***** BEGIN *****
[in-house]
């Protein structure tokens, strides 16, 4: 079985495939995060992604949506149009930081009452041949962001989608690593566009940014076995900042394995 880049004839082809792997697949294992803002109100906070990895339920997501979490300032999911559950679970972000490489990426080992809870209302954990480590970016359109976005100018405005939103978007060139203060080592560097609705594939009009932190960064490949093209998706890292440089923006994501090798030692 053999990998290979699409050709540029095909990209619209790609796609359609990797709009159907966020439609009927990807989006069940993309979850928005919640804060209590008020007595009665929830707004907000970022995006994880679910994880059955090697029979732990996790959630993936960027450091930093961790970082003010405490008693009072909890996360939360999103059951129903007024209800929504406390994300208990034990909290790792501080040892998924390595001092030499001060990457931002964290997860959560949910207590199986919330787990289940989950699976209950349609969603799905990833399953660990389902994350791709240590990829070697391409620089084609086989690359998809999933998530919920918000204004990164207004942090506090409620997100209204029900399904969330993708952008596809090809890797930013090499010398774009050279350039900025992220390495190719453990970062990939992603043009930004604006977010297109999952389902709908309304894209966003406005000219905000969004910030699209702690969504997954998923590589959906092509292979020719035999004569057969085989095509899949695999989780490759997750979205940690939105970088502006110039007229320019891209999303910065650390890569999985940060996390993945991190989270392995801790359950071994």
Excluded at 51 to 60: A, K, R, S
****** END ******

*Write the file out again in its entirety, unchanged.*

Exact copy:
[in-house]
């Protein structure tokens, strides 16, 4: 079985495939995060992604949506149009930081009452041949962001989608690593566009940014076995900042394995 880049004839082809792997697949294992803002109100906070990895339920997501979490300032999911559950679970972000490489990426080992809870209302954990480590970016359109976005100018405005939103978007060139203060080592560097609705594939009009932190960064490949093209998706890292440089923006994501090798030692 053999990998290979699409050709540029095909990209619209790609796609359609990797709009159907966020439609009927990807989006069940993309979850928005919640804060209590008020007595009665929830707004907000970022995006994880679910994880059955090697029979732990996790959630993936960027450091930093961790970082003010405490008693009072909890996360939360999103059951129903007024209800929504406390994300208990034990909290790792501080040892998924390595001092030499001060990457931002964290997860959560949910207590199986919330787990289940989950699976209950349609969603799905990833399953660990389902994350791709240590990829070697391409620089084609086989690359998809999933998530919920918000204004990164207004942090506090409620997100209204029900399904969330993708952008596809090809890797930013090499010398774009050279350039900025992220390495190719453990970062990939992603043009930004604006977010297109999952389902709908309304894209966003406005000219905000969004910030699209702690969504997954998923590589959906092509292979020719035999004569057969085989095509899949695999989780490759997750979205940690939105970088502006110039007229320019891209999303910065650390890569999985940060996390993945991190989270392995801790359950071994």
Excluded at 51 to 60: A, K, R, S